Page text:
Brazil – Turkey relations: Can the love last?

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Some of the arguments here draw on a paper presented by my colleague Guilherme Casarões at FGV in April 2013.

Brazil and Turkey have a lot in common - emerging powers with an ambition to project influence in their respective regions, they both desire to modify current structures of global governance. Even their historic trajectory is comparable - both were ruled by system-shaping strongmen in the early 20th century  (Ataturk in the 1920s, Getulio Vargas in the 1930s), both suffered military coups in the 1960s, financial crises towards the end of the Cold War, and turned into emerging powers in the early 21st century. Their ambivalent identity vis-à-vis the West remains an important issue as both nations seek to define their place in the global system.

Turkey's foreign policy strategy under Prime Minister Recep Tayyip Erdoğan has been quite astonishing over the past years, as I commented in a post in 2011. Erdogan has temporarily been wildly popular across the Middle East, and Turkey is bound to play a key role along with other emerging powers. In the same way, Brazil has begun to assume regional leadership more assertively over the past decade - a far easier enterprise given that South America one of the world's most peaceful regions. There are thus further similarities between former President Lula and Prime Minister Erdoğan - who, not by chance, quickly identified opportunities to cooperate, a project that culminated in their attempt to negotiate a nuclear deal with Iran in 2010.

Turkey has identified Brazil as a key partner in the region, and it has undertaken a significant diplomatic effort to strengthen its presence in Brazil. The Turkish Ambassador to Brazil, Ersin Erçin, is a high-ranking diplomat who played a key role in Turkey's accession negotiations with the European Union. His appointment reflects the importance Ankara now ascribes to Brazil. Erçin actively strengthens Turkey's public diplomacy in Brazil, there is a visible Turkish-Brazilian Cultural Center and a Turkish high school in São Paulo. Turkish Airlines now offers multiple direct flights from São Paulo to Istanbul. The Turkish community in São Paulo has grown over the past years, albeit from a relatively small base. Dilma Rousseff's third foreign visit was to Turkey (after Bulgaria and China). In January 2013, Patriota paid a much-commented visit to Turkey, symbolizing the importance Turks ascribe to Brazil.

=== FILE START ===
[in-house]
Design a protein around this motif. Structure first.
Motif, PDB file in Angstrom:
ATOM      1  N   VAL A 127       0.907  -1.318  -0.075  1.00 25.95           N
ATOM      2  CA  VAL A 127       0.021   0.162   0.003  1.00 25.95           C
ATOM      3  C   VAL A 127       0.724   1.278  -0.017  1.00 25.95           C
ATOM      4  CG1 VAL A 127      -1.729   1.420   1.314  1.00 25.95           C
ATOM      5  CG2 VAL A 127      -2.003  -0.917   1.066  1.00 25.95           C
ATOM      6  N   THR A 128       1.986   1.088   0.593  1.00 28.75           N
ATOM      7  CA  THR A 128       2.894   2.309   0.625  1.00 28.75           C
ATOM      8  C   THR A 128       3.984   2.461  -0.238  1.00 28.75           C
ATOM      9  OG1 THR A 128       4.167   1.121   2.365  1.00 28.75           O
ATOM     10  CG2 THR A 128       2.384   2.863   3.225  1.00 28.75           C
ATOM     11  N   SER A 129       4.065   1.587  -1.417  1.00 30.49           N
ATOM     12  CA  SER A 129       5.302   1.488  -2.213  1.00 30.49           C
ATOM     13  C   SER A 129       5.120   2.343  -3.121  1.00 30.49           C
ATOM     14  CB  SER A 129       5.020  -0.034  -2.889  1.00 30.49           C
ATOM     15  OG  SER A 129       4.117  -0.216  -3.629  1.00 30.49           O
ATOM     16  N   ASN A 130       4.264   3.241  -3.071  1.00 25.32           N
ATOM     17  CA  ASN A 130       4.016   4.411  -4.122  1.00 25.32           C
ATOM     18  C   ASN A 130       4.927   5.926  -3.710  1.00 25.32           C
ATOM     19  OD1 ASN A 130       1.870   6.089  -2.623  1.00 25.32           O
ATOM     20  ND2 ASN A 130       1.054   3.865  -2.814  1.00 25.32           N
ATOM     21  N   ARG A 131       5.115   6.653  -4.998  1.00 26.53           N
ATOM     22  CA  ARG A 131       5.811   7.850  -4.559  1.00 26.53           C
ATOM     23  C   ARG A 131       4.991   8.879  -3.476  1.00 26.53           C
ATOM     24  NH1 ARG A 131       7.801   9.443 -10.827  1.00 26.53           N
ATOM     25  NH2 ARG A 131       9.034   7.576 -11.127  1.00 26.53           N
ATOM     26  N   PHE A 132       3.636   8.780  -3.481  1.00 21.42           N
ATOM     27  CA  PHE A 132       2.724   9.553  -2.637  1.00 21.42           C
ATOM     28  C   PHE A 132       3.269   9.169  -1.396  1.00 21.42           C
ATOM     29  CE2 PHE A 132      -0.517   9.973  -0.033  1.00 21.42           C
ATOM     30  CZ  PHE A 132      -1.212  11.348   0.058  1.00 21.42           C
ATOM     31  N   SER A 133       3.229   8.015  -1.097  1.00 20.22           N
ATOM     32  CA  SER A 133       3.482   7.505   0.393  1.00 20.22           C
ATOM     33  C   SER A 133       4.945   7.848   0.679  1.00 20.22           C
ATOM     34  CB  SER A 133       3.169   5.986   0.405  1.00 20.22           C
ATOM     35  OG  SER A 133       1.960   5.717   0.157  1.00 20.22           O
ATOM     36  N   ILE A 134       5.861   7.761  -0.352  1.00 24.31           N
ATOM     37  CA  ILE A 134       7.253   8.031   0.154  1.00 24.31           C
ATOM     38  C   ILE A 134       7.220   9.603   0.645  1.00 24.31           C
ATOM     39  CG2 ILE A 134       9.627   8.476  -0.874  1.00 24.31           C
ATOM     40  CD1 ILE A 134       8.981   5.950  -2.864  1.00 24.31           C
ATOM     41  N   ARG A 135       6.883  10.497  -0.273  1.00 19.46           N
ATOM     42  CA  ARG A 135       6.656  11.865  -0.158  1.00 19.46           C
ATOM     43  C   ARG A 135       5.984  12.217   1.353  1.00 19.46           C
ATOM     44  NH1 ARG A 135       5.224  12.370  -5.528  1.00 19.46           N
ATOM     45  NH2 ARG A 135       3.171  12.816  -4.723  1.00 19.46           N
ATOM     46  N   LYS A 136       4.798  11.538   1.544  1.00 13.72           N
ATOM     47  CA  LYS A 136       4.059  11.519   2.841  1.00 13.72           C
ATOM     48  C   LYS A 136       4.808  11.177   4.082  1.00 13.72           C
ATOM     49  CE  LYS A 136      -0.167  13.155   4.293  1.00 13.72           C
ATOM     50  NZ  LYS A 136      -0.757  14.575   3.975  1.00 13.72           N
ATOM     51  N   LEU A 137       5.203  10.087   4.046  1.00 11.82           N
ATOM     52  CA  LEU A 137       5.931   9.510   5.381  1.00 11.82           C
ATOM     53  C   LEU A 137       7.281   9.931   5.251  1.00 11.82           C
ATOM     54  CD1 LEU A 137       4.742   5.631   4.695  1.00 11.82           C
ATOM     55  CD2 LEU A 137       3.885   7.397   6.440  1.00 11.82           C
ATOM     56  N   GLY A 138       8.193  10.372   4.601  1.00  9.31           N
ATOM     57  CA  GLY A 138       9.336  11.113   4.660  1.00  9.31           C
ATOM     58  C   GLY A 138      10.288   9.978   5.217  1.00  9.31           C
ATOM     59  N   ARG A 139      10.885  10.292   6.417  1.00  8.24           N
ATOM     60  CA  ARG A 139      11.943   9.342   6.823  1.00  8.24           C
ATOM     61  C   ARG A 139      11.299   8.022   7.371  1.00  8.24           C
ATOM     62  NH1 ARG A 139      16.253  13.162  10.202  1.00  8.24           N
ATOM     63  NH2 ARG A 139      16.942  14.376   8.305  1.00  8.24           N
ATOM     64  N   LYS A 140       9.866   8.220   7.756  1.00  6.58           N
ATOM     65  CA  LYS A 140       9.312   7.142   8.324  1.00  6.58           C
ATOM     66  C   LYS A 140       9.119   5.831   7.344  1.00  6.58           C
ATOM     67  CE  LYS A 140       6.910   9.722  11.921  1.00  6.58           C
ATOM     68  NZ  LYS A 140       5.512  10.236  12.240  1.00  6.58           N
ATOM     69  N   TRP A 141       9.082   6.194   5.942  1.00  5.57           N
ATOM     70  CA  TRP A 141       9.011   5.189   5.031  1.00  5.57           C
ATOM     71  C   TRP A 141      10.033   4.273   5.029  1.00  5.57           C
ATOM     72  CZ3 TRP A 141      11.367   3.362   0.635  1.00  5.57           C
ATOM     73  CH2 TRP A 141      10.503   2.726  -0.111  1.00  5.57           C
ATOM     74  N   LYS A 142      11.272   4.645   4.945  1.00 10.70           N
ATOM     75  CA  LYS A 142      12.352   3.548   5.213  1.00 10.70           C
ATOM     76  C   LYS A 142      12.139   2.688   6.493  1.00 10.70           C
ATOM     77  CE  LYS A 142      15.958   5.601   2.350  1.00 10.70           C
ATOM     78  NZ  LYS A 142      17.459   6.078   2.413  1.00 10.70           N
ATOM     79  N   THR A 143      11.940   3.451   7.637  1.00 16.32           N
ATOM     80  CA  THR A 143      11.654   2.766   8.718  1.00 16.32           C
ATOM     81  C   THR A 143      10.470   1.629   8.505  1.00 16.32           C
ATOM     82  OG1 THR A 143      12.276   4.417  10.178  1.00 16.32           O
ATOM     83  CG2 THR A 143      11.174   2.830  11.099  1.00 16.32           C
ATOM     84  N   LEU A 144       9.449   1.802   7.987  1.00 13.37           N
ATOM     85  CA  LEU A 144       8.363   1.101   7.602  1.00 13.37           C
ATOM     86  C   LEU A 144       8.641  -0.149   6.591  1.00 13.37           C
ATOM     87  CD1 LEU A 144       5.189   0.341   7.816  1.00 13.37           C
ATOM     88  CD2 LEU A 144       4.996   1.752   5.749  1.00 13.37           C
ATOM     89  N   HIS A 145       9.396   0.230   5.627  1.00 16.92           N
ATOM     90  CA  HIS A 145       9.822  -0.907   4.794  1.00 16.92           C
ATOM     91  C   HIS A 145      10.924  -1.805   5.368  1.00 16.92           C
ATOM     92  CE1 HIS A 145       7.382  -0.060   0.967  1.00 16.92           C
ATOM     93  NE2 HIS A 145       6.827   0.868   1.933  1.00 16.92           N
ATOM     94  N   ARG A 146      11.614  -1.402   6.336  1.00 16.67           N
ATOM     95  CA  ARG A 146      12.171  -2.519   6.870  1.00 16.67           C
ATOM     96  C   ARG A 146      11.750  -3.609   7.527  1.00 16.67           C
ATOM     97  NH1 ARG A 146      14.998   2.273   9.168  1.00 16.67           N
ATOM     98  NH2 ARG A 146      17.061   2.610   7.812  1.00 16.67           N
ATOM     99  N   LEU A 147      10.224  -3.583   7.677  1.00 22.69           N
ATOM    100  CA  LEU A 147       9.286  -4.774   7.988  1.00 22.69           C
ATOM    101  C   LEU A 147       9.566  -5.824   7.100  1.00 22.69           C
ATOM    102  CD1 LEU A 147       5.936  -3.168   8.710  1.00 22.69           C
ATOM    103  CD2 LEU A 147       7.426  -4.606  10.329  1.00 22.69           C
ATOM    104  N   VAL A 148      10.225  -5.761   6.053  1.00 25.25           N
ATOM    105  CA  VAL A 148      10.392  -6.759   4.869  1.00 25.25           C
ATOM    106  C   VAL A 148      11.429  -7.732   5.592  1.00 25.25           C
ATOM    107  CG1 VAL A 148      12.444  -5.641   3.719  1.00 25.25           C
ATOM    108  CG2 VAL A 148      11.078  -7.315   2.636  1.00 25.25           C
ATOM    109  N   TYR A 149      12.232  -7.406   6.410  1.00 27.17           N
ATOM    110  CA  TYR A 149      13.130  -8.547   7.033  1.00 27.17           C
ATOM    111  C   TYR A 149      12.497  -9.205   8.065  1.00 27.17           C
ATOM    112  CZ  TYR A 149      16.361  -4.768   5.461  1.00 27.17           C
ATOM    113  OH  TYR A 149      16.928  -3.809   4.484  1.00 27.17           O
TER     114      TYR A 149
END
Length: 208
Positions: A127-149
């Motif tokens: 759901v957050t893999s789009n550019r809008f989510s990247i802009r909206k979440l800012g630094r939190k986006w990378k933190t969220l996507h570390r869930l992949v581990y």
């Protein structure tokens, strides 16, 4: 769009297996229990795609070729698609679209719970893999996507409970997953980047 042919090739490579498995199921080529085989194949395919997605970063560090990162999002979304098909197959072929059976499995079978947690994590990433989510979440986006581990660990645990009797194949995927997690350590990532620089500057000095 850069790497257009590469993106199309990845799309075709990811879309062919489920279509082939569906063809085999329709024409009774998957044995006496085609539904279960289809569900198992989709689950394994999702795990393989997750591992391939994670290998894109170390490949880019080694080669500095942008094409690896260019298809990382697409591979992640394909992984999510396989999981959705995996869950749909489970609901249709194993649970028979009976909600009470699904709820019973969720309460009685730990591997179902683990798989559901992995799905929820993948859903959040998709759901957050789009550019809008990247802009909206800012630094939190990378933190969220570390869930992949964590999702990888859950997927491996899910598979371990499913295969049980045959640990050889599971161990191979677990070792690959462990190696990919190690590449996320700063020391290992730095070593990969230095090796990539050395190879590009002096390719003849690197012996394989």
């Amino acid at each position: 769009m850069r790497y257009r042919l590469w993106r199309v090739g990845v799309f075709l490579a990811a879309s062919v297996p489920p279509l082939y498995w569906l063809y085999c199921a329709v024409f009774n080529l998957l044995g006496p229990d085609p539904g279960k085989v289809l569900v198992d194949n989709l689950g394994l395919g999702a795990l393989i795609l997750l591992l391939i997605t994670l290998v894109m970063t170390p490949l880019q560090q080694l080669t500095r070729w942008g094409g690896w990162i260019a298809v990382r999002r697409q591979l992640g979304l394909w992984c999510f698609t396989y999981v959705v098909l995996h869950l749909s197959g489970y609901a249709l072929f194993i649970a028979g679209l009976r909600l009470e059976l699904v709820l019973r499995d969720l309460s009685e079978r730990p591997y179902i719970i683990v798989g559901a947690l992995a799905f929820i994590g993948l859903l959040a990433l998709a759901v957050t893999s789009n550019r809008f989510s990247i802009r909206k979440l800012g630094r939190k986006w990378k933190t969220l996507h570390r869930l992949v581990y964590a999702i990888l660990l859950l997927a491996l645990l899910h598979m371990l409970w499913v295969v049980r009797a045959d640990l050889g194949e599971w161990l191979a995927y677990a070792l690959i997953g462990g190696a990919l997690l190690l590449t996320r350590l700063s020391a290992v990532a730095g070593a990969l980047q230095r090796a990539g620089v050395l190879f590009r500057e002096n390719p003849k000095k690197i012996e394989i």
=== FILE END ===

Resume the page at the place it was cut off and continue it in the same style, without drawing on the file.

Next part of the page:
Can one identify a common identity between Brazil and Turkey that may sustain their relationship in the future? From a constructivist point of view, there is plenty evidence for just that, given that their role in global affairs is so similar, and - more importantly - that both are vibrant democracies (despite criticism of Erdoğan's authoritarian tendencies). Yet, Turkey cannot be easily be called a classic 'rising power'. She argued that Turkey's history also strongly differed from Brazil's: It has been a member of NATO since the 1950s, and it has the one of the organization's most potent military forces - another striking contrast to Brazil. It is also part of the OECD, a rich country club, since 1961. This raises the question in how far Brazil-Turkey relations are part of the "South-South" category in the first place.

From a realist point of view, Brazil and Turkey can be expected to jointly balance the United States - and their partnership will therefore last as long as their national interest is aligned. Yet realists would not expect a meaningful friendship beyond occasional and issue-based cooperation - such as in the financial G20.

Both Brazil and Turkey have, more recently, retreated somewhat from the international scene - faced with intense economic headwinds at home, President Dilma Rousseff cares less about foreign policy than her predecessor. Turkey, at the same time, has lost a bit of its reputation in the region as its 'zero-problem' strategy has run into difficulties.

Despite all the hype, one cannot fail to mention economic ties remain very weak - Turkey ranks as Brazil's 41st most important trading partner. Considering that Turkey is among the world's 20 largest economies, it shows how incipient ties still are. It remains unclear how much economic ties can strengthen since Brazil's and Turkey's economies are not particularly complementary. Brazil-Turkey relations are thus unlikely to worsen for any particular reason, but a common emerging power identity may not be enough to sustain the high-intensity friendship seen particularly during the final Lula years.

Read also:

For Brazil and Turkey, a Natural Defense Partnership Deepens

Turkey must reach out to Brazil’s new leader

Turkey’s complex case for UN Security Council reform

Photo credit: Anadolu Agency